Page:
CUDA vs. OpenCL vs. OpenGL

What is CUDA? What about OpenCL and OpenGL? And why should we care? The answers to these questions are difficult to pin down — the computer-equivalent of the metaphysical unanswerables — but we’ll attempt a clear explanation in simple to understand language, with perhaps a bit of introspection thrown in as well.

There comes a time in a video editor’s life when they inevitably ponder the basic questions: “Is this all the speed that I have? Is there nothing more?” Like the search for the meaning of life or a grand unified theory, this simple thought launches you down an endless and infinitely deep chasm of contemplation and research, until you inevitably land on a question that you just can’t get a true answer to, and there the search stalls.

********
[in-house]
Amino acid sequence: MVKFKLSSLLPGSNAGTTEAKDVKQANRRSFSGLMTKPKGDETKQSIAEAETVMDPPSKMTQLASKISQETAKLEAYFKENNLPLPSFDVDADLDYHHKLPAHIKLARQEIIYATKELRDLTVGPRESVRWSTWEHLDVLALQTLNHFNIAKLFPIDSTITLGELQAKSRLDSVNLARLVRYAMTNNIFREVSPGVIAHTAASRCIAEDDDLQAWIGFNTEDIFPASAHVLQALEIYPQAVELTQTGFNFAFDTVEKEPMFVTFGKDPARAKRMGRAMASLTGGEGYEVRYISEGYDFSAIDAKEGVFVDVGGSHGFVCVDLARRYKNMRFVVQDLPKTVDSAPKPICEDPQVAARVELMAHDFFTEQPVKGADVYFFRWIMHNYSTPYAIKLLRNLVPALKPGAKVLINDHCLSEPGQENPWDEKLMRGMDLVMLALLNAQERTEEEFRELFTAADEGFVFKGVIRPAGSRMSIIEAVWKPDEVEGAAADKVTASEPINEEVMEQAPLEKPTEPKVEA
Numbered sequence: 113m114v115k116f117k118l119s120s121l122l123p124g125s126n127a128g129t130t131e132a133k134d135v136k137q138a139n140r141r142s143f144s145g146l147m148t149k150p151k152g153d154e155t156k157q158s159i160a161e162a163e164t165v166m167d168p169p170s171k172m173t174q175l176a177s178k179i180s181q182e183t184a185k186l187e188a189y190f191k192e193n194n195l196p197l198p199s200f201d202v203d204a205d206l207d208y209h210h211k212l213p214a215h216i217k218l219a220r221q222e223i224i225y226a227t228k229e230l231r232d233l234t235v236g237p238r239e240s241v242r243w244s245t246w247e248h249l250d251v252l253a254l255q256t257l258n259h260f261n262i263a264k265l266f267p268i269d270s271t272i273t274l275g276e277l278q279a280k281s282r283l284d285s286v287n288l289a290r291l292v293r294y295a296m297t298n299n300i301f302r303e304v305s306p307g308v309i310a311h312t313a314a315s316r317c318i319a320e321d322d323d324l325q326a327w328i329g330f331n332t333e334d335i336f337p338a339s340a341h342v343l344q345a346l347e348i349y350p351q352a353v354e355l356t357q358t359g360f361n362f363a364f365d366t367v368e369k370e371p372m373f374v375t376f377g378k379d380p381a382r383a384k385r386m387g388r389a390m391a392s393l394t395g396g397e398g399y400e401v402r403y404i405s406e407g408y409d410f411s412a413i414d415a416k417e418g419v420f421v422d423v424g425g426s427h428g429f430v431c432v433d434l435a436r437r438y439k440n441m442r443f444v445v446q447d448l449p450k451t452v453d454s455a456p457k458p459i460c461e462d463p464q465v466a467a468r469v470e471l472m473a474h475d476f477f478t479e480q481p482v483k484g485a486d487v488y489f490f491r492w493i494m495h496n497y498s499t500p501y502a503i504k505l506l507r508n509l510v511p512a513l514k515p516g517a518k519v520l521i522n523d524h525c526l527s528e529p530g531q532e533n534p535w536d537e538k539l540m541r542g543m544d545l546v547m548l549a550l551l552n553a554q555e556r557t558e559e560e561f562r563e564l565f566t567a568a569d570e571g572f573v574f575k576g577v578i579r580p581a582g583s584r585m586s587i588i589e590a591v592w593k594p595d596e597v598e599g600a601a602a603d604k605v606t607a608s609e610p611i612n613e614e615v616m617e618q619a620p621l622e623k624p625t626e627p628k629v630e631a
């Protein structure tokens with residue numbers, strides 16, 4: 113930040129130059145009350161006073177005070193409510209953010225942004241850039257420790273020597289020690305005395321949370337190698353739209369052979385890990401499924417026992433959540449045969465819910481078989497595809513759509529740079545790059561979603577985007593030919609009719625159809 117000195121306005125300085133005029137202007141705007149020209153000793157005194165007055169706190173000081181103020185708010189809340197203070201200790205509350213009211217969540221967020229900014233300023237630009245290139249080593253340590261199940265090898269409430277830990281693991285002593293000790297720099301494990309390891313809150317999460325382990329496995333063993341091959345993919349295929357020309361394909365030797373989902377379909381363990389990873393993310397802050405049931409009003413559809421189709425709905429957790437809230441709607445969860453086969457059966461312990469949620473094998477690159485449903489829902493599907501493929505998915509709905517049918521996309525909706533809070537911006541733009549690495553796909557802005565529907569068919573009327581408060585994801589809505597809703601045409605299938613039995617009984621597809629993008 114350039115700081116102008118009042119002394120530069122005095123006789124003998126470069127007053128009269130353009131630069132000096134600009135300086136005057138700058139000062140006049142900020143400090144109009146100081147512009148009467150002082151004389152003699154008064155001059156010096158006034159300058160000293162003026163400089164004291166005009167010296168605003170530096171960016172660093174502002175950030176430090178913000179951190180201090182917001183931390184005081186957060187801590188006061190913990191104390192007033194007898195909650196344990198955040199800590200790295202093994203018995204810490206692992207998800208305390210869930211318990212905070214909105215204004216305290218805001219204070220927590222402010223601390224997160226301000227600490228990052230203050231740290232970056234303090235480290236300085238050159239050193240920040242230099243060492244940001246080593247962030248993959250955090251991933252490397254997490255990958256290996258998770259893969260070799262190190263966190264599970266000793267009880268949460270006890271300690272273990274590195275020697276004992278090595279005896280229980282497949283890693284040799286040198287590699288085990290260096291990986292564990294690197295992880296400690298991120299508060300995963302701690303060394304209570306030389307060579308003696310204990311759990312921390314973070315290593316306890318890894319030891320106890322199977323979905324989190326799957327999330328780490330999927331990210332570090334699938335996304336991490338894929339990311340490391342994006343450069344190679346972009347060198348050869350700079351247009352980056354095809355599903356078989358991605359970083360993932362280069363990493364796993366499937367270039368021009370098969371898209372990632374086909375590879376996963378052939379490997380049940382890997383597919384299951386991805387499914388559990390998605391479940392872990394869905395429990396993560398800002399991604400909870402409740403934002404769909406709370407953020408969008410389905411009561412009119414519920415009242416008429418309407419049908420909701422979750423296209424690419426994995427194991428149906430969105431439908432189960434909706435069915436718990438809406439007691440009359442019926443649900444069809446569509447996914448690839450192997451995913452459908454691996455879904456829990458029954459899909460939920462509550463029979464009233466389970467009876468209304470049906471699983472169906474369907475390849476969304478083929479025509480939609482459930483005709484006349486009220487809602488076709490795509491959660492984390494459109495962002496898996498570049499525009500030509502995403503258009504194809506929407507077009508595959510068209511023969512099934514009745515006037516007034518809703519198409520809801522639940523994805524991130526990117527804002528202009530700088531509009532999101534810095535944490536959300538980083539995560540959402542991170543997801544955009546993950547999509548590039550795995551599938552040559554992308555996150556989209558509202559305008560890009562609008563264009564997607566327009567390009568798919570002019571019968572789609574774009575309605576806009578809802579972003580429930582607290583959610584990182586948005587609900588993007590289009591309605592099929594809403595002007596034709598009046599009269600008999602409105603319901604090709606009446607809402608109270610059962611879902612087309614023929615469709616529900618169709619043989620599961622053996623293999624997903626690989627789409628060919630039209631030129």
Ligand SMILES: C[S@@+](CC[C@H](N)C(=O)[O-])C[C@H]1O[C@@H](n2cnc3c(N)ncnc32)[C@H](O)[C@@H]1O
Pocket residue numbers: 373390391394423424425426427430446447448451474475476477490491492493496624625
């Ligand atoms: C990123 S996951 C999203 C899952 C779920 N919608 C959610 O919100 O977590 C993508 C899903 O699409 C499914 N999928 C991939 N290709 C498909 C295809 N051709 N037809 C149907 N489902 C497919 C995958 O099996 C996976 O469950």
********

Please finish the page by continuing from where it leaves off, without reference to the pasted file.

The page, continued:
Now, we can’t help you with any grand unified theory, but we can say that the information wall you will ultimately hit on your search for video processing speed will ultimately come down to this: “What is CUDA, what is OpenCL, and why do I care?”

The truth is that in order to understand CUDA and Open GL, you’ll need to know about Open CL as well.

“Now wait”, you say. “The headline says Open GL. There must be a typo”. No, there’s just a lot of people with no sympathy for naming standards. The truth is that in order to understand CUDA and Open GL, you’ll need to know about Open CL as well. Now you could jump on the Internet and wiki all of these terms, and read all the forums, and visit the sites that maintain these standards, but you’ll still walk away confused. In this article, we’ll come to your metaphysical video conundrum rescue with as simple a language as is possible. You won’t see any circular speak about terms like “application programming interface” here! So, like all quests for answers, let’s logically start… in the middle.